5 KPIs to Measure Video Quality of Experience & Why They Matter
Updated: Dec 2, 2019
Everyone has experienced poor quality video at one time or another. It’s painful to watch, and if you’re anything like me you’ll probably turn it off rather than suffer through it.
Slow load times, low resolutions, or even hearing the winning point on a sports event through your neighbors’ cheers instead of watching it happen in real time; these annoyances did not happen in the “olden days” of TV broadcast, but technology and habits have changed, and today most consumers will view at least one video each day through Over the Top (OTT) media services, aka streaming video. According to Nielsen seven out of 10 homes now have Streaming Video on Demand (SVOD) service and 72% use streaming-capable TV devices.
Besides annoying viewers, poor video Quality of Experience or QoE has a real effect on the bottom line for OTT and CDN providers that deliver the content. CDN company Akamai calculated that a single network-wide rebuffering event (think “loading loading loading”) of a certain video could lead to more than $80,000 in lost advertising revenue for the OTT provider. Of course, frustrated customers will eventually look to competing options, leading to customer churn and further revenue loss for both the OTT provider and the CDN.
One of the biggest challenges in improving QoE is how to measure it effectively, since, like anything, only if you measure do you have a chance of improving it. For consumers it’s relatively easy, “they know it when they see it” :). On a quest to put some quantitative values to this, some OTT providers have asked their customers to literally grade the quality of their video each day and submit it to them, on a scale of 1 to 5. But this is still qualitative and, incidentally, QoE can change in an instant due to network fluctuations, so should they report a 5 for when the video was streaming in HD or a 1 for when it got stuck, or a 3 to average out the day?
Measuring QoE is a challenge, but not impossible, and once one understands the key performance indicators of QoE and which are important to which types of video streams, the goal of achieving superior QoE grows that much more achievable.
Let’s look at the KPIs that matter for QoE:
Video startup time
This refers to how much time it takes for the video to start playing after the viewer has clicked on the selected content. This depends on many factors, from the bandwidth of the Internet connection, to how the video is encoded, to what else is happening on the local network at that time. If it takes more than a few seconds to start the video, viewers typically will abandon it. For better QoE, average video startup time needs to be as low as possible.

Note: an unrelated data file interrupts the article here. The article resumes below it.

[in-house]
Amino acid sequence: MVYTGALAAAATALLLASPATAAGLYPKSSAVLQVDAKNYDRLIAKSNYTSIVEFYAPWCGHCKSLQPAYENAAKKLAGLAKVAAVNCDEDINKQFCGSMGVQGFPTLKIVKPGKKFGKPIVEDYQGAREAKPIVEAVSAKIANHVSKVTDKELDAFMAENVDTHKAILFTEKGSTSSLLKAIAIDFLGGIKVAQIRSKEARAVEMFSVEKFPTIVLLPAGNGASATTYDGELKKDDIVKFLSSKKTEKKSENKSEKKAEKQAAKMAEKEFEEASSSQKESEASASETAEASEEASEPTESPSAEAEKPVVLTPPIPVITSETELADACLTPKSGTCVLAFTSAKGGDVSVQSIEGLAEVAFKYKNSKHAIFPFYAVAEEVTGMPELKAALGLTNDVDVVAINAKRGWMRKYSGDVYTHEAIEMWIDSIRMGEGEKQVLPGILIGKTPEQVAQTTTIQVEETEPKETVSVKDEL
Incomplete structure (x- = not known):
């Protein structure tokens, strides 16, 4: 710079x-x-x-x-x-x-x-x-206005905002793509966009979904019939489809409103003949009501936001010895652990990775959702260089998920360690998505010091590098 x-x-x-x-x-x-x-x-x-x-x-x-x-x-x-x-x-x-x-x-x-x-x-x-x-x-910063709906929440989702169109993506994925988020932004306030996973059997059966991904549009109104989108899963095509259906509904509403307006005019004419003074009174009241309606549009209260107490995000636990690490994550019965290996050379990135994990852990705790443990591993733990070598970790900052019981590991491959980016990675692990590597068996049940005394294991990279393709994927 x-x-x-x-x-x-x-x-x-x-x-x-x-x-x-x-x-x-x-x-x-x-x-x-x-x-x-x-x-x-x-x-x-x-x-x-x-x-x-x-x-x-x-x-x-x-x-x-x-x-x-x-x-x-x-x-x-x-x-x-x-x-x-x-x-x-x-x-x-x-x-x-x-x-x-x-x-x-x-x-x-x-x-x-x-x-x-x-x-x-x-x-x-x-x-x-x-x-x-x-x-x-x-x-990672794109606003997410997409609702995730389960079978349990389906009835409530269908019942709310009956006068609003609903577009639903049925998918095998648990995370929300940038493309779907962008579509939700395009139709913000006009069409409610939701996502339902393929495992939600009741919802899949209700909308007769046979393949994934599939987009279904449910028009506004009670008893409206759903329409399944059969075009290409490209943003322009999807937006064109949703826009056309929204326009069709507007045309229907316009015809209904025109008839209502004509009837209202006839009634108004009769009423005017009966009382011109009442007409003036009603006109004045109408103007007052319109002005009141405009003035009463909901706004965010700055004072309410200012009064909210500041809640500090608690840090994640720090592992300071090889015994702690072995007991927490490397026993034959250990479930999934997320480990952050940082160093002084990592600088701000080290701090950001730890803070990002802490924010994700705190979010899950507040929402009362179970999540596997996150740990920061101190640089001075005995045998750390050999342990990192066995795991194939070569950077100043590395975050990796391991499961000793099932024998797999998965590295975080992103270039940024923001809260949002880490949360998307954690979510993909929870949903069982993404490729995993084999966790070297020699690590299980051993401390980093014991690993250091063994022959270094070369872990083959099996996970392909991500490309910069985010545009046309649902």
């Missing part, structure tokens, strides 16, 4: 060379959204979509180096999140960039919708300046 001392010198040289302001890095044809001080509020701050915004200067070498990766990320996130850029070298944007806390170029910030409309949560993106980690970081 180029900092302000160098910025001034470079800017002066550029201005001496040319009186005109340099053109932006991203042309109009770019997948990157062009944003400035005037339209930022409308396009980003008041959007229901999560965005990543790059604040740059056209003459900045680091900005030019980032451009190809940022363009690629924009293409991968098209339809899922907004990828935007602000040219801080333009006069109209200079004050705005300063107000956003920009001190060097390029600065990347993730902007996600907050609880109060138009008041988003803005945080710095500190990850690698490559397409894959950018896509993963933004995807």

Streaming video is broken into small segments of a few seconds each. After the initial sections have downloaded and the video has started playing, the video player will continue to request new segments as the video progresses. However, if the network is congested, there is a chance that the video will display faster than the new segments can be downloaded. This leads to the dreaded rebuffering, or the video “getting stuck.” QoE aims for zero rebuffering, but is quantified by the rebuffering ratio, or percentage of time the video was rebuffering out of the total actual playing time.
Bitrate (kbps / mbps)
Most video is streamed using “adaptive bitrate” or ABR, which means that it can adapt itself to the changing congestion levels of the network. What enables this is that the video itself is encoded and made available in different bitrates. Bitrate should not be confused with the size of the Internet connection speed. While the size of the “pipe” connecting the device to the Internet does affect the bitrate that the video will play, and it represents a (highly!) theoretical maximum bandwidth, in reality the actual bitrate of the video stream will be affected by many more factors than the Internet connection. The higher the average bitrate per video, the better the QoE.
Higher resolution video appears smoother and brighter than lower resolution. A resolution of 1080 pixels is considered High Definition (HD), and there are even higher resolutions today for the larger viewing monitors. If your network conditions change in the middle of watching a video, your device may switch you from HD to a lower resolution and you will suddenly see poorer quality video. Bitrate and resolution are two sides of the same coin; usually in ABR implementations, a higher bitrate comes with higher resolution.
This is the bane of sports fans everywhere. Accustomed to truly live broadcasts on satellite or other traditional television media, people watching sports via live stream are out of sync with what is being reported on social media and with their neighbors who may be watching the same sporting event on a different medium. For close games, this can lead to major spoilers. One satellite TV provider capitalized on this to acquire new subscribers for the important World Cup games (aka Mon-di-al), capitalizing on the latency of their streaming competitors by naming it “Mon-delay.” The Reduction in time delay for live streams is an important part of QoE, but is much less crucial for other types, for example, Streaming Video on Demand.
The Streaming Video Alliance, an industry forum, has published definitions of the key network delivery metrics. Once you know the meaningful indicators for QoE, it’s time to start exploring how they can be improved, which we will do in future blog posts.